The project made use of the UFM 120, a multipurpose measurement and inspection vehicle for rail infrastructure which can travel at the speed of an ordinary train and so work without disrupting the normal timetable. The vehicle has been designed especially for use on the European standard gauge. Amongst other things, it can measure important quality data pertaining to track geometry with great accuracy. Rail defects and other problems are also recorded and reported. To achieve this, the vehicle is equipped with the very latest measurement and computer technology. All measurements are carried out without physical contact and so do not affect the line’s technical systems. The results are calculated against a common reference point. Thanks to precise D-GPS positioning, the measurement points are located precisely. All results are stored in digital form.

As part of the project, an advanced, software-based assessment method called Pupil was developed. Using innovative calculation models, the software translates vehicle characteristics into fast and compact evaluation filters for the track. These are based upon the criteria for forces and acceleration derived from UIC fiche 5181. All the measurement data are stored in IRISsys, a large database with extensive analytical capabilities. That data is used subsequently to evaluate vehicle response, maintenance and geometrical parameters.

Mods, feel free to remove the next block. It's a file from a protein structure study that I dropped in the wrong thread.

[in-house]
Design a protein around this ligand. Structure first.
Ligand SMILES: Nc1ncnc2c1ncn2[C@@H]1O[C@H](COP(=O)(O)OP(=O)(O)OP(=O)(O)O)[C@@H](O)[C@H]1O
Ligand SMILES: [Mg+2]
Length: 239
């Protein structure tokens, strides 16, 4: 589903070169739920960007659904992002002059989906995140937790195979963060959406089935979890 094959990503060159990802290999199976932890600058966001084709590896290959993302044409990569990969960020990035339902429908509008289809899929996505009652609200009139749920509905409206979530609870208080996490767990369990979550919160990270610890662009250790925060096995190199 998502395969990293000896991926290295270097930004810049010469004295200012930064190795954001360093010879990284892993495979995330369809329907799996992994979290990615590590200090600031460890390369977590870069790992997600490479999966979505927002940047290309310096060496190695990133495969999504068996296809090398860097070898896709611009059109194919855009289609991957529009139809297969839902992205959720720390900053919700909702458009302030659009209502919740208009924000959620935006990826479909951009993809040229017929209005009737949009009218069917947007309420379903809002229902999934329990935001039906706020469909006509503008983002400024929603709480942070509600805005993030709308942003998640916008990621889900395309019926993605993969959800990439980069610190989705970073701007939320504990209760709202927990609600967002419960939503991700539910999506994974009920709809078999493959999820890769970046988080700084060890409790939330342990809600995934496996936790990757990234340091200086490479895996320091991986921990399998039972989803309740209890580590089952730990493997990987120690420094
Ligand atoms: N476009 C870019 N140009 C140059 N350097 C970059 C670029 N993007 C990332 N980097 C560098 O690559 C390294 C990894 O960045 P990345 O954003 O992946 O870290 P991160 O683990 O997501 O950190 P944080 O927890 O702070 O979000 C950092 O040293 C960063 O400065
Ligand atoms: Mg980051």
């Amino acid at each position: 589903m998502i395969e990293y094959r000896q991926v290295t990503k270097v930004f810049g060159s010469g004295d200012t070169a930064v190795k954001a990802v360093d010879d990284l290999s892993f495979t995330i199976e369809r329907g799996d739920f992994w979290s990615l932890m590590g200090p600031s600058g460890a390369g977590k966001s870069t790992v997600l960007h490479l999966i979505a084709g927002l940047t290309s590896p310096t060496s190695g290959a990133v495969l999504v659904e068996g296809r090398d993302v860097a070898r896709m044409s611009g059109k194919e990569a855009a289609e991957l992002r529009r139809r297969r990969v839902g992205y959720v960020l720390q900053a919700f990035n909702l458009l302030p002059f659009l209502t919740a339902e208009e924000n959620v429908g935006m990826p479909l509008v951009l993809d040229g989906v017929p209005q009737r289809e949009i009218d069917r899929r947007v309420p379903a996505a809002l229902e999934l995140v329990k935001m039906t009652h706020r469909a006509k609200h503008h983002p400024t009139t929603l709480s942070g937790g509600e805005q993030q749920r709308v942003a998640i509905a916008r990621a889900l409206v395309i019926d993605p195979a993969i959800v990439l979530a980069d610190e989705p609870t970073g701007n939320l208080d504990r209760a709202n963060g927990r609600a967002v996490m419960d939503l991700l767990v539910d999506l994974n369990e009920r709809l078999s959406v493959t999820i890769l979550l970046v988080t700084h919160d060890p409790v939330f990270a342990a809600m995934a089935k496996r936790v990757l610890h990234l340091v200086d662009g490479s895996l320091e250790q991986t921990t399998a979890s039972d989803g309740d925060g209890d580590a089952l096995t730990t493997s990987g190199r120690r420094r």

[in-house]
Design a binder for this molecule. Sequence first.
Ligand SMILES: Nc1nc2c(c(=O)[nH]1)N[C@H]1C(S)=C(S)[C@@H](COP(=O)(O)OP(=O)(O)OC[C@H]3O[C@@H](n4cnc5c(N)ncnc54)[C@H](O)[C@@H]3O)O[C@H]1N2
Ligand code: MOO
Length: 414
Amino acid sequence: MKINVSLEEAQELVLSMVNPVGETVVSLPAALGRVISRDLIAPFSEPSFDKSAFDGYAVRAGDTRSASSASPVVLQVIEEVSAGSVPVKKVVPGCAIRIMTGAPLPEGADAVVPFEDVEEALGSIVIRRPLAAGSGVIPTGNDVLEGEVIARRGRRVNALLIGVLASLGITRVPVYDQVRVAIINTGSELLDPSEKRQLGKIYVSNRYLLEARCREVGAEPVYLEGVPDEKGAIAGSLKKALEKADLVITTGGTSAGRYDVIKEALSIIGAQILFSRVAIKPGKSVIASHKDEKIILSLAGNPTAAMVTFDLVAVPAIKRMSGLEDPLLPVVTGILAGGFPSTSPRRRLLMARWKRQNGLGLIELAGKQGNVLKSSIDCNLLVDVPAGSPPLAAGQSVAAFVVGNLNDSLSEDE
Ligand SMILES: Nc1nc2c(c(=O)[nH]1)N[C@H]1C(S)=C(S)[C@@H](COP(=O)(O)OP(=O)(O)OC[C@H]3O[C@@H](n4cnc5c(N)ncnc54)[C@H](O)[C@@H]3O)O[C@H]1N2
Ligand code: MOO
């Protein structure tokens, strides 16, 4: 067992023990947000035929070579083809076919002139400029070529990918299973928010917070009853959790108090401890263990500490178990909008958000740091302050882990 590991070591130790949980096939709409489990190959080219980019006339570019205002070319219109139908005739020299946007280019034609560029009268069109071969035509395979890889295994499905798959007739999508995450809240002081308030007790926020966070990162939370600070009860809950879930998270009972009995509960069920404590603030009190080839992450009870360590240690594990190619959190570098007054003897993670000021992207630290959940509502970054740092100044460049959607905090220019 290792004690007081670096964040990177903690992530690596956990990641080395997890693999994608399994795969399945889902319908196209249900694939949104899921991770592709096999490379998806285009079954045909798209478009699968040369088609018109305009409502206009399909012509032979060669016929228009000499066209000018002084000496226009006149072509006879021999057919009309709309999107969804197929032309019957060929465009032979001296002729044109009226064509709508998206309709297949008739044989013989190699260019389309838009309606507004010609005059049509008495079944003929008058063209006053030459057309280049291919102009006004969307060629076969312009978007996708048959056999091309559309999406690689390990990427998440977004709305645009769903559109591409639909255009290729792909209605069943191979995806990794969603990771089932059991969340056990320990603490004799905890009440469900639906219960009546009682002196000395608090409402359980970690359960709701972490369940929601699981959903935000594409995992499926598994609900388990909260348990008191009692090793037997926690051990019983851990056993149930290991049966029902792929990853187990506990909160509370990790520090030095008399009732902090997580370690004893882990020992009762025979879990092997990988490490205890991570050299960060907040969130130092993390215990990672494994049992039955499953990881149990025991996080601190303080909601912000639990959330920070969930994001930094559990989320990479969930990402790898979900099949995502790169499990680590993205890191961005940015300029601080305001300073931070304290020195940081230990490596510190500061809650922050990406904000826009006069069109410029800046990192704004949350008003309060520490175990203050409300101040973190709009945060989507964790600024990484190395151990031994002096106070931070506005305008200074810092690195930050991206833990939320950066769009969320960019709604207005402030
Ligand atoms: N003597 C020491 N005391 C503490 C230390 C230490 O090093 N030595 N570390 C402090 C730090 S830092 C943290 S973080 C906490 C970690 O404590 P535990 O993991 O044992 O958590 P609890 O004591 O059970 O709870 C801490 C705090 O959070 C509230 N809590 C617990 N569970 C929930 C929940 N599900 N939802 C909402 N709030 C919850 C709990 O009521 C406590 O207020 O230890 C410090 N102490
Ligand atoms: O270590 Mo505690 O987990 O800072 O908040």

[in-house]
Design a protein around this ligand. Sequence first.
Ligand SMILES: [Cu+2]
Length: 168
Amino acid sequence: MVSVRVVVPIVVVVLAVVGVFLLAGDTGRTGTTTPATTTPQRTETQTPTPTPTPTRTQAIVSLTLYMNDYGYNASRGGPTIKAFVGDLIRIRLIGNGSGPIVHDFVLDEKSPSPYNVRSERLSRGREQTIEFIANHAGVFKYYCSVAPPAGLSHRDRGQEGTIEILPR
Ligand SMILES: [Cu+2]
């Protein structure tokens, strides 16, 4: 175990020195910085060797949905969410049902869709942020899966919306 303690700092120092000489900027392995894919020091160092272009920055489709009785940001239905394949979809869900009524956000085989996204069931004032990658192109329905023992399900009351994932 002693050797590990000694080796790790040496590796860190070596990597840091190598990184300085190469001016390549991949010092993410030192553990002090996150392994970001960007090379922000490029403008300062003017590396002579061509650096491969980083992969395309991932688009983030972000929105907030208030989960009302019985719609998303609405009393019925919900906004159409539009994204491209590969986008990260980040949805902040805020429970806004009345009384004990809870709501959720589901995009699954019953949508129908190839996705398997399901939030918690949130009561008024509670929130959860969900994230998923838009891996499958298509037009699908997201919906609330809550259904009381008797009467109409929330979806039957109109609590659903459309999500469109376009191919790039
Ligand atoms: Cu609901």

Assessment method

The innovative Pupil method makes it possible to assess, in accordance with the European standards, the forces and accelerations which result from combined and harmonic deviations. The assessment method is based on recently developed calculation models and presents the results in a user-friendly way. The advanced measurement method allows the position of the track to be monitored and to be evaluated quantitatively.

A practical example will show how all this works.

In figure 3, the horizontal axis represents part of a journey. The broken horizontal lines indicate the various quality levels; that is, the comfort and safety of the vehicle as expressed in its response data. At the beginning of the journey, the response is within the permitted quality standards. However, the graph also shows that – at this specific speed – the safety level is reached and even exceeded at several points later in the journey.

If we now compare the vehicle-response assessment with the maintenance assessment of the track geometry, we see that the latter peaks just before the former (see figure 4). It is thus clear that the minimum acceptance safety levels are being exceeded and that this affects the vehicle response.